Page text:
A new Mastermind album is currently in the works and Bill recently released a solo album of all new original rock instrumental guitar tunes called In My Dreams I Can Fly with drummer Jason Gianni (NEAL MORSE BAND). If he can figure out the economics, he hopes to get out and play this material live in the future. It's all about money. It always is. And bass players. Money and bass players.
Bill Berends, de New Jersey é um guitarrista, compositor e líder de bandas de classic heavy rock, rock progressivo e blues. Sua trajetória começa na adolescência, quando foi convidado para ser membro da melhor banda de Blues de Baltimore, a Cabbage. Em seguida, em New Jersey, forma a banda Tank com seus irmãos - uma mistura autoral de classic rock e rock progressivo, que se apresentava na célebre Max's Kansas City em Nova York.
Tank dá lugar a Mastermind, banda de rock progressivo que liderou varios anos e que conta com musicos ilustres como Jens Johansson ( Yngwie, Dio e Stratovarius). Com a Mastermind, Bill fez turnes pela Europa, Japão e EUA tocando hits dos seus vários albums de estudio e ao vivo, o que chamou a atençao da Guitar Player Magazine para a habilidade de Bill como guitarrista.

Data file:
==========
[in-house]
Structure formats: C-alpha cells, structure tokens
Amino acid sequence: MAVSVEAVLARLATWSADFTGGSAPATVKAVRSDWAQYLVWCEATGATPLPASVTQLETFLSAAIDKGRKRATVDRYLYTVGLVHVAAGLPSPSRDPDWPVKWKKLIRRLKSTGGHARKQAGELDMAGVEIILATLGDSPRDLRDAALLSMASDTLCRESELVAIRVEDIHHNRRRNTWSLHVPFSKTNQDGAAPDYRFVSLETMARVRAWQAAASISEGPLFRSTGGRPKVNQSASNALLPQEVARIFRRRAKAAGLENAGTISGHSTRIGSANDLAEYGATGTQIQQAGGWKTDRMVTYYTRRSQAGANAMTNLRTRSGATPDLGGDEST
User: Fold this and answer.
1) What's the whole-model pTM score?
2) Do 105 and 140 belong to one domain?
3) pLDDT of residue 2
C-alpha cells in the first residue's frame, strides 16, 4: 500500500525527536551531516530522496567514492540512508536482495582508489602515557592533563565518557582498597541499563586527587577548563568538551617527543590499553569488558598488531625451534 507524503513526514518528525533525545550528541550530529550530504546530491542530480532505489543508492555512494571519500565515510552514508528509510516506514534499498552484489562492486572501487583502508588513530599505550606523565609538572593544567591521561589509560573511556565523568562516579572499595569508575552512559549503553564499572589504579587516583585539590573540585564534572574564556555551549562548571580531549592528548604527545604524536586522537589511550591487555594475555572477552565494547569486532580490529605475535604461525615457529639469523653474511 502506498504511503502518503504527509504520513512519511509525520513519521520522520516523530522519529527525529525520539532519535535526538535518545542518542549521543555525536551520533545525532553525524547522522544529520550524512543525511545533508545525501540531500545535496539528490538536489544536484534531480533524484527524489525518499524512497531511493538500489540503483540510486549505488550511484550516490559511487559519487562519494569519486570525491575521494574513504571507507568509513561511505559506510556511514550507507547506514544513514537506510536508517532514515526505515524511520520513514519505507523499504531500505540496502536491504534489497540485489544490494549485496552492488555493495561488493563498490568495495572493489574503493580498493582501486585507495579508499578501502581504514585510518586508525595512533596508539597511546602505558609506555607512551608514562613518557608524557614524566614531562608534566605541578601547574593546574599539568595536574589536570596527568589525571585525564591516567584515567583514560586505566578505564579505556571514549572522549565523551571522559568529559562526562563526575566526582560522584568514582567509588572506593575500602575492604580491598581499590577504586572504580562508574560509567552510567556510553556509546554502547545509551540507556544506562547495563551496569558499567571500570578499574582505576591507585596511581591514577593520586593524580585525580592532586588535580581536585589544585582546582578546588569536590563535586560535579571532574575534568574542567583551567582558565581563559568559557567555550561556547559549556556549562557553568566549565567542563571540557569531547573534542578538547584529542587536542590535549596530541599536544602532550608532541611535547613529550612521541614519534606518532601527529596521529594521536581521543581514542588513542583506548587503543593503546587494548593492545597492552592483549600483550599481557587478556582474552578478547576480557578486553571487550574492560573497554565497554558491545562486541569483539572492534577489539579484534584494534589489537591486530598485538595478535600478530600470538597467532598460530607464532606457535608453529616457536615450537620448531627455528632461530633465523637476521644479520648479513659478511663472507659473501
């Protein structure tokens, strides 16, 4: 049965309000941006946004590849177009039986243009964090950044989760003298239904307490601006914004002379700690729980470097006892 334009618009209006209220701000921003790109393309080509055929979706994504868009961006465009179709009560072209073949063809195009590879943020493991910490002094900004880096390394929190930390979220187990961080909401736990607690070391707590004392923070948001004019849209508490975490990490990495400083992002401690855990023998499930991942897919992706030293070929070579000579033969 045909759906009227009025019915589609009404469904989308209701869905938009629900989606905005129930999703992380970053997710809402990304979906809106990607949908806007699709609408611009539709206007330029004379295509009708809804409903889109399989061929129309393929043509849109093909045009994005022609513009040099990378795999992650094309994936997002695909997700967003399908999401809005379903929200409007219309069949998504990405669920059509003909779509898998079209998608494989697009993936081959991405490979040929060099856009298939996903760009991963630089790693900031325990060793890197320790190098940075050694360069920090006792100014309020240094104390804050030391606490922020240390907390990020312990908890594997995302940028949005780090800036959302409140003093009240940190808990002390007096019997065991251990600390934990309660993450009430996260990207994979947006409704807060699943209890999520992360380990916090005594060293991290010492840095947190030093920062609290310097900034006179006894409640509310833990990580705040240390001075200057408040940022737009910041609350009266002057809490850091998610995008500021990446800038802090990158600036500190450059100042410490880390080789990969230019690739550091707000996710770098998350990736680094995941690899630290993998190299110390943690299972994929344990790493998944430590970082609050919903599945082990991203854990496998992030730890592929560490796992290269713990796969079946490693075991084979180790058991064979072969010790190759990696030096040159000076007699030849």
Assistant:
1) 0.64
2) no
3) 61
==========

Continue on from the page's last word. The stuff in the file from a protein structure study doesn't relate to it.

outros projetos paralelos de Bill são a The Berends Brothers Band , uma mistura de blues, classic rock e seu material solo : o album In My Dreams I Can Fly, com faixas autorais de rock instrumental e Life Cycle que traz suas experimentaçoes com guitarra, batidas e música eletrônica.